The Silverbell Road Design Concept Study concluded the second series of three scheduled public meetings last week, presenting preliminary corridor improvement concepts for Silverbell Road to interested parties.
The presentation, held at the Coyote Trail Elementary School and attended by about 30 citizens and a dozen staff and consultants, was sponsored by the Regional Transportation Authority, Pima County, the town of Marana and the city of Tucson, the four entities involved in the upcoming reconstruction of Silverbell Road.
Improvements to Silverbell Road are scheduled to take place in two phases — from El Camino del Cerro to Grant Road in 2010 to 2016, and from Ina Road to El Camino del Cerro, from 2002 to 2026.
The improvement project, approved by the voters in May 2006 as part of the RTA plan, calls for Silverbell Road to be improved to a four-lane divided desert parkway with pedestrian facilities, bike lanes, drainage improvements, new native landscaping and enhanced wildlife crossings.
Jim Schoen, design manager of project engineer Kittleston & Associates Inc. of Tucson, said the roadway improvement project will promote mobility and provide improved capacity and safety.
"Right now we're defining the new cross-section and profile or elevation of the roadway," Schoen said. "We're also identifying the pedestrian, bike and equestrian facilities that will be included, as well as the wildlife and environmental mitigation that will be needed, and the impact to archeological sites."
Schoen said the archeological footprint of the area is very large because of the many ancient and modern peoples who lived along the corridor due to its proximity to the Santa Cruz River. He noted that the Anza Trail also runs along the Santa Cruz.
"All the historical peoples have settled along the river," he noted, "including those of the homesteading era," Schoen said.
Schoen said the project would identify archeological sites and recover any artifacts that are in the path of the improved roadway.
Suzanne Griset, Ph.D, principal investigator at SWCA Environmental Consultants in Tucson, said her firm would remove and relocate any artifacts or human remains that are found.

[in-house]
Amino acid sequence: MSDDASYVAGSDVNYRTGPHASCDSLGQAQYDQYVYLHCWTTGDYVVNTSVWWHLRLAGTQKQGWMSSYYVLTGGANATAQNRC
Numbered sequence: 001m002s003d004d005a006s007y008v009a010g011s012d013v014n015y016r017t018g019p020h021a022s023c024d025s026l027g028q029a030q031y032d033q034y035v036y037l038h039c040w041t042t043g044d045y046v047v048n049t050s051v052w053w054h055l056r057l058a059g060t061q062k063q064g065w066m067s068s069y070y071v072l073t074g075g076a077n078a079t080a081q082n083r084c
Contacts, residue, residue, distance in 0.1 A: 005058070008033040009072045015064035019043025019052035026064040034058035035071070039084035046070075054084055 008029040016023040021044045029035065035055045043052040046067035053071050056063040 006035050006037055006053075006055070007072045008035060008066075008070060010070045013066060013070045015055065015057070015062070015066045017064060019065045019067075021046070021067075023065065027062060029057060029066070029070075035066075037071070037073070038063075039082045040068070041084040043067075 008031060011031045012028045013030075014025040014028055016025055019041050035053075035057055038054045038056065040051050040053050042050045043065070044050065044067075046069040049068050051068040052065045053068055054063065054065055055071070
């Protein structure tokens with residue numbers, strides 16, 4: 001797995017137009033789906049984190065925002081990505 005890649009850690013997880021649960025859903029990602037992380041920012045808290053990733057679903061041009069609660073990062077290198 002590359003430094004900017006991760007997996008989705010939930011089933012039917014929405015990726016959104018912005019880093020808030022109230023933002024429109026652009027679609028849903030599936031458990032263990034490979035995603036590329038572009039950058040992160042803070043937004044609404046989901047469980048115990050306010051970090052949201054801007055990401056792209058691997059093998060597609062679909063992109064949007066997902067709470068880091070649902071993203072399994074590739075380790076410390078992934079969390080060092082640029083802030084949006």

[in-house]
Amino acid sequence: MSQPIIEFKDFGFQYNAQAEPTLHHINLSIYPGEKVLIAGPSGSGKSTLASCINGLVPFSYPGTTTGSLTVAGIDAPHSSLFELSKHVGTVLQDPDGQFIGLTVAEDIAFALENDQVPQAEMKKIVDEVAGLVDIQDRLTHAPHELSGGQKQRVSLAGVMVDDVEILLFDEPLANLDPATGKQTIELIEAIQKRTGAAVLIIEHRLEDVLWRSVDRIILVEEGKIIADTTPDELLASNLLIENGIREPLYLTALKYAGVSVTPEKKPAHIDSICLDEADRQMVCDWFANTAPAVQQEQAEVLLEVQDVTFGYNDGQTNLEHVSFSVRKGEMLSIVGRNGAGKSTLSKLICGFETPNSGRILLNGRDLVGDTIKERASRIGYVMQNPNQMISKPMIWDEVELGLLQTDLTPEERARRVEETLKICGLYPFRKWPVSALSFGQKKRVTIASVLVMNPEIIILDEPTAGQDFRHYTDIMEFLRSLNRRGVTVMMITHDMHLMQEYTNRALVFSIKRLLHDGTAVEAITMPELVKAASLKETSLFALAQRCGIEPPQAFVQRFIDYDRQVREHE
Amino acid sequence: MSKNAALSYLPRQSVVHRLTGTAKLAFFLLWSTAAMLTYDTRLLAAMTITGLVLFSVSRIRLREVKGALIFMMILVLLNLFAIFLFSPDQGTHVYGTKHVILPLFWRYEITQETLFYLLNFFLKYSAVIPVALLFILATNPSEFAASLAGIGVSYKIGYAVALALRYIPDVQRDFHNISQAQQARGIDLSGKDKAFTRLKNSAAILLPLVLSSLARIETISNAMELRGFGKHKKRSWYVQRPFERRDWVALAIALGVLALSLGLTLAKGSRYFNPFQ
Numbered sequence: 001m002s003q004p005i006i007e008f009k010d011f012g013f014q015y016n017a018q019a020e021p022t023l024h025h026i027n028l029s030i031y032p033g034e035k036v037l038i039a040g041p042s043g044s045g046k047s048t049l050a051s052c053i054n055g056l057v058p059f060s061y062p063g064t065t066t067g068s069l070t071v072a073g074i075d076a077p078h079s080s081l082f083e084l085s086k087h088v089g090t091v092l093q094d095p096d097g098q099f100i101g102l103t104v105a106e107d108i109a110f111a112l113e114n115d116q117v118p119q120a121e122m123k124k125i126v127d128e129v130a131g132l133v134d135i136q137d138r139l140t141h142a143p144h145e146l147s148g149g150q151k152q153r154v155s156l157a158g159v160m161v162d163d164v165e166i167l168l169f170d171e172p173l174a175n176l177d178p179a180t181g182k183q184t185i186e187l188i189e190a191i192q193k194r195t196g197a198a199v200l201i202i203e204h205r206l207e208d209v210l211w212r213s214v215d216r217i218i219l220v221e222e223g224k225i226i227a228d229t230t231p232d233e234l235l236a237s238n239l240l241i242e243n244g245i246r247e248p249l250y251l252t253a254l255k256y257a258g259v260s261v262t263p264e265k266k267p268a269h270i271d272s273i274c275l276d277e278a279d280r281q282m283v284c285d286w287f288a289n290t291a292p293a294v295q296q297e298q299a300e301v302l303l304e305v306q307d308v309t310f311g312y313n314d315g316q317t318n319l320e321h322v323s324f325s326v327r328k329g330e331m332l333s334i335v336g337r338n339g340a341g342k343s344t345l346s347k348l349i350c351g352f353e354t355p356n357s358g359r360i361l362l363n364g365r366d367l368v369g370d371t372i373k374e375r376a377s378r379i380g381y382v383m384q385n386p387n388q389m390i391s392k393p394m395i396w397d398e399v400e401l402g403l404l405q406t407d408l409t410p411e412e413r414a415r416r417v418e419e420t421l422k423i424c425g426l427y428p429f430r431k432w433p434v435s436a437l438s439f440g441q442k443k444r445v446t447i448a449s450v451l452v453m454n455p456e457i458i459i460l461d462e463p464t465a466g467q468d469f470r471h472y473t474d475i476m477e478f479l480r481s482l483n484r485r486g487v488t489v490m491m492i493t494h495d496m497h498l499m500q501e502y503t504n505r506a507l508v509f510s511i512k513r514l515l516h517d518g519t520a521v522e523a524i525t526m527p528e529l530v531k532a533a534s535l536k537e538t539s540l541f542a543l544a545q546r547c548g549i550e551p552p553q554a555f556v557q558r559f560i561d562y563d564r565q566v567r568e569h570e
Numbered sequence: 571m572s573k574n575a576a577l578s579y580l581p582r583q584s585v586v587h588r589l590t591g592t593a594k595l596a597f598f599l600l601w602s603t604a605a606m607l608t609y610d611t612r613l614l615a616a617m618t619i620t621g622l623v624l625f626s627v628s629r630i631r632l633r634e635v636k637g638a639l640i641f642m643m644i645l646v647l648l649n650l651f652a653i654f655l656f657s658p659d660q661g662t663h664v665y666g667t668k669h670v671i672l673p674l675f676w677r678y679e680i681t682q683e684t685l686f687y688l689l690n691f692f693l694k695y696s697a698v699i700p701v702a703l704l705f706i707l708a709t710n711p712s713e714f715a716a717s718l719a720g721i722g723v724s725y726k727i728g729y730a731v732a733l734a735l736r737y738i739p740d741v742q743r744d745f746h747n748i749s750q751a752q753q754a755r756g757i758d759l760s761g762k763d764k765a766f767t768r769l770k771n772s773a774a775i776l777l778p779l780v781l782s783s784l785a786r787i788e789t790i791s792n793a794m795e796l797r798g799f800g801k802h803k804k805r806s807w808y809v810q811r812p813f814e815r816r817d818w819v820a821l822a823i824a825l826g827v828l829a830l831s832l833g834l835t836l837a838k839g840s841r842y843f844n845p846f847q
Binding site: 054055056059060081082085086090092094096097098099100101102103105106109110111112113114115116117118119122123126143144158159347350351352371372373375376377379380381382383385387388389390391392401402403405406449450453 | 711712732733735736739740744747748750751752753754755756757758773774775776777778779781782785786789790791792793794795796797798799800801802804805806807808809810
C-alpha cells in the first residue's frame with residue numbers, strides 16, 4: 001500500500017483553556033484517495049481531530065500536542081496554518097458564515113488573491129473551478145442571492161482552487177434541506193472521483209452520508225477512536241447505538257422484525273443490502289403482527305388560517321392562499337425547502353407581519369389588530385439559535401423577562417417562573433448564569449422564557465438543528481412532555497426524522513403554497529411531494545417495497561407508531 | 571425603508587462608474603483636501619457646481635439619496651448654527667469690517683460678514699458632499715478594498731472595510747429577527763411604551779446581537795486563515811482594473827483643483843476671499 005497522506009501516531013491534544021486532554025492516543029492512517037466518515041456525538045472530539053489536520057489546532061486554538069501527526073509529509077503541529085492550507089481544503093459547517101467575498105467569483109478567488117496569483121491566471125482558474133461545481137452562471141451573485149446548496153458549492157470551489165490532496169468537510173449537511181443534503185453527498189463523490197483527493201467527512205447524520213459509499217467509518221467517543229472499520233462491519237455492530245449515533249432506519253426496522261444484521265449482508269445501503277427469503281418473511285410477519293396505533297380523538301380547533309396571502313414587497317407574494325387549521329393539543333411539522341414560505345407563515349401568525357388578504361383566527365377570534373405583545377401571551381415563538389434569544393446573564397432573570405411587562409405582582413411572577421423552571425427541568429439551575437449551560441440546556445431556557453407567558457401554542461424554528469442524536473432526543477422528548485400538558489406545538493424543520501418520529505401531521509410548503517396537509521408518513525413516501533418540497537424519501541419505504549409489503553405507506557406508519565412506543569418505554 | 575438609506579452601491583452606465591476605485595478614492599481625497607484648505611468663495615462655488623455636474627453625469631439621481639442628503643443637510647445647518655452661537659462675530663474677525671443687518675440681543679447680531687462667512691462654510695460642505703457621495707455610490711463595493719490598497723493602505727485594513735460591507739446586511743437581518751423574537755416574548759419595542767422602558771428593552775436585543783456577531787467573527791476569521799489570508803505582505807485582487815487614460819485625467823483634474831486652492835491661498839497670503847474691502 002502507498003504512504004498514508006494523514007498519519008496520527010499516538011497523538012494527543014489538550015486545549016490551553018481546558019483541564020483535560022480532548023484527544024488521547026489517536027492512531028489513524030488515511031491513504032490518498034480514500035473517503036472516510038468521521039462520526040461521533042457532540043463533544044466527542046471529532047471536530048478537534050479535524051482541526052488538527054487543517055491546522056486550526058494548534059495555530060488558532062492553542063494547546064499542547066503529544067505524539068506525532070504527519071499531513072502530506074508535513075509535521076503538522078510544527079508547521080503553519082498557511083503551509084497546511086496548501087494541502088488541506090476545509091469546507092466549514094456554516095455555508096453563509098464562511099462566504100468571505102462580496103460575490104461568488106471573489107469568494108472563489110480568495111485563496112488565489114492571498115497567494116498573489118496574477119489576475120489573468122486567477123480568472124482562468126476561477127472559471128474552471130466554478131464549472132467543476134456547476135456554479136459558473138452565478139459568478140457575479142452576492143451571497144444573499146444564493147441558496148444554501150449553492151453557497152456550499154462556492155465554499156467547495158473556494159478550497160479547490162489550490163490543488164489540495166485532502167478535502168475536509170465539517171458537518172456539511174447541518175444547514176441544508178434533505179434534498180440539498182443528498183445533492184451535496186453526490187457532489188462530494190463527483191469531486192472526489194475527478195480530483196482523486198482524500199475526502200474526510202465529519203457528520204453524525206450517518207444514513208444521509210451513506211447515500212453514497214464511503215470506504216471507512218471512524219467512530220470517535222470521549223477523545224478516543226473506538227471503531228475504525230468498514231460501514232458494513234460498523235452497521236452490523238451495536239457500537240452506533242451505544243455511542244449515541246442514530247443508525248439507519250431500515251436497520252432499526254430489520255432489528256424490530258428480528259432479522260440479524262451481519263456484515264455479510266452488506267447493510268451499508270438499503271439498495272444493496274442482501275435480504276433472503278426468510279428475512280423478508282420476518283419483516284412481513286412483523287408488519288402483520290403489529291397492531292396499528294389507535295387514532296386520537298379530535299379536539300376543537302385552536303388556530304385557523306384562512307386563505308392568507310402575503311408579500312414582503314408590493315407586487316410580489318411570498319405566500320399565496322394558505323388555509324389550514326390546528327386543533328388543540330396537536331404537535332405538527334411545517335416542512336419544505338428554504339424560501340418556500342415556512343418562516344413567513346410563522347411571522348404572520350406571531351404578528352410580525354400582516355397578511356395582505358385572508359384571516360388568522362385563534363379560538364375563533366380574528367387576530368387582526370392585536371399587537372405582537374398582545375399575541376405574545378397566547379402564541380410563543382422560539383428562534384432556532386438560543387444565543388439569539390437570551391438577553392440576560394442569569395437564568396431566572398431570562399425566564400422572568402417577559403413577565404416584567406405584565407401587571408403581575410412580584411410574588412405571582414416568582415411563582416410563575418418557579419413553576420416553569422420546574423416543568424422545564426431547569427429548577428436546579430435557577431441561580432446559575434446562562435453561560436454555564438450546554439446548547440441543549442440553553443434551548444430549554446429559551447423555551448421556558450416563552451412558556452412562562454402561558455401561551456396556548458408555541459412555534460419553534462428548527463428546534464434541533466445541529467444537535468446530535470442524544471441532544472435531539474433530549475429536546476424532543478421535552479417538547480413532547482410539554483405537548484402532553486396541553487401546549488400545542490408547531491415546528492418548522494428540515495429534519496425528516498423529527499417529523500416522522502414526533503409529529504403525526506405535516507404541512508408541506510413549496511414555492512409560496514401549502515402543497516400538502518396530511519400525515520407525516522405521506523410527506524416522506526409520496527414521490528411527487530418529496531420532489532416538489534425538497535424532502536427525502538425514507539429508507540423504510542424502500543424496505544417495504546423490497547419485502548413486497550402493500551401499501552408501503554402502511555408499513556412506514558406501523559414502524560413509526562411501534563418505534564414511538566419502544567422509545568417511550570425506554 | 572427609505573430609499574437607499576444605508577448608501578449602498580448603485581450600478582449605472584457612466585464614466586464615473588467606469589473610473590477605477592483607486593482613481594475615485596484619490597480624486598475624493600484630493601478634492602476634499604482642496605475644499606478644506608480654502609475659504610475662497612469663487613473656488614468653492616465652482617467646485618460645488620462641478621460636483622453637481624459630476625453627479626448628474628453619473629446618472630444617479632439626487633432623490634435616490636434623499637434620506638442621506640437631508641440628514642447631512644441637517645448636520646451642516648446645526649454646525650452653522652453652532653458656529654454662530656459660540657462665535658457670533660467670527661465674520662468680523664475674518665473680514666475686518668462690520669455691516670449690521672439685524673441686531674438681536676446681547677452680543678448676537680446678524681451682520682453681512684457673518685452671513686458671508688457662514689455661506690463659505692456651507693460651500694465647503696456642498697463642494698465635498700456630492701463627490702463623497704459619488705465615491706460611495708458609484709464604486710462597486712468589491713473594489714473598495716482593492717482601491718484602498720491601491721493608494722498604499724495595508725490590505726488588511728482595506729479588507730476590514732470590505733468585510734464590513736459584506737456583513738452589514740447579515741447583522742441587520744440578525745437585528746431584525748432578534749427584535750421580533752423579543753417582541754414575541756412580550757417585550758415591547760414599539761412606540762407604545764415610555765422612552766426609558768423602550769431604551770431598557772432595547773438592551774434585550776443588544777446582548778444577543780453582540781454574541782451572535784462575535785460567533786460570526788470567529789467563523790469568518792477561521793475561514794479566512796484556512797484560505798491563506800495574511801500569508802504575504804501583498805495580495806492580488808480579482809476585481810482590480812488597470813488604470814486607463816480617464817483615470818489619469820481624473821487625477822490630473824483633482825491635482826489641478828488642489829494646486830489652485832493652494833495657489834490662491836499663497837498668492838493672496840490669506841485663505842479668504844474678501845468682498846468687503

"There are 4,000 years of human history at various sites along the roadway," Griset said. "That covers a panoply of people who lived along the Santa Cruz River. There are a huge number of ancient developments along this stretch of the river, more so than the number during the homesteading era."
Griset said any archeological areas identified by the project will be mitigated and any human remains relocated.
"If they are Native American remains, we would repatriate them to the tribe that inhabited the area, which in this case would be the Tohono O'odham nation," Griset pointed out. "If the remains are not Native American, we would contact the county coroner first and then handle the remains according to Arizona's burial laws."
The design concept study has a citizens task force and technical advisory committee that provides input on planning, land use and the overall character of the roadway. Hurvie Davis of Marana, a task force member and retired head of the city of Tucson's transportation department, said the 15-member task force has received good cooperation from all parties involved in the project.
"The staff and consultants have done a good job of explaining to us and citizens about the redesign of the roadway and are being very responsive to the issues we've raised," Davis said. "They have been very good about communicating what they are doing and what the timetable will be, as well as being extremely receptive to ideas from the public."
The project includes a number of wildlife-friendly crossings below the improved roadway, concentrating low vegetation at crossings and minimizing plantings between crossings to channel wildlife.
Accents at roadway intersections include the use of unique native tree species to emphasize the intersection and enhance safety, while still blending in with the existing landscape. The project will include rainwater harvesting in the roadway median and along its shoulders.
Slopes will be revegetated, soil nail retaining walls and poured in place concrete walls installed where needed, and drainage crossings placed with inlet and outlet options for greater flexibility.
Schoen said wildlife crossings are an important part of the improved roadway because such a diverse cross-section of wildlife moves through the area.
"We'll encourage wildlife to go under the roadway and will find the best ways to channel that movement," he said.
Schoen noted that because Silverbell Road transects so many drainages from the foothills of the Tucson Mountains, "in some places the roadway will be raised up to 10 feet because of drainage issues."
Accordingly, the project is conducting a noise study, he said, to identify properties where noise mitigation may be needed.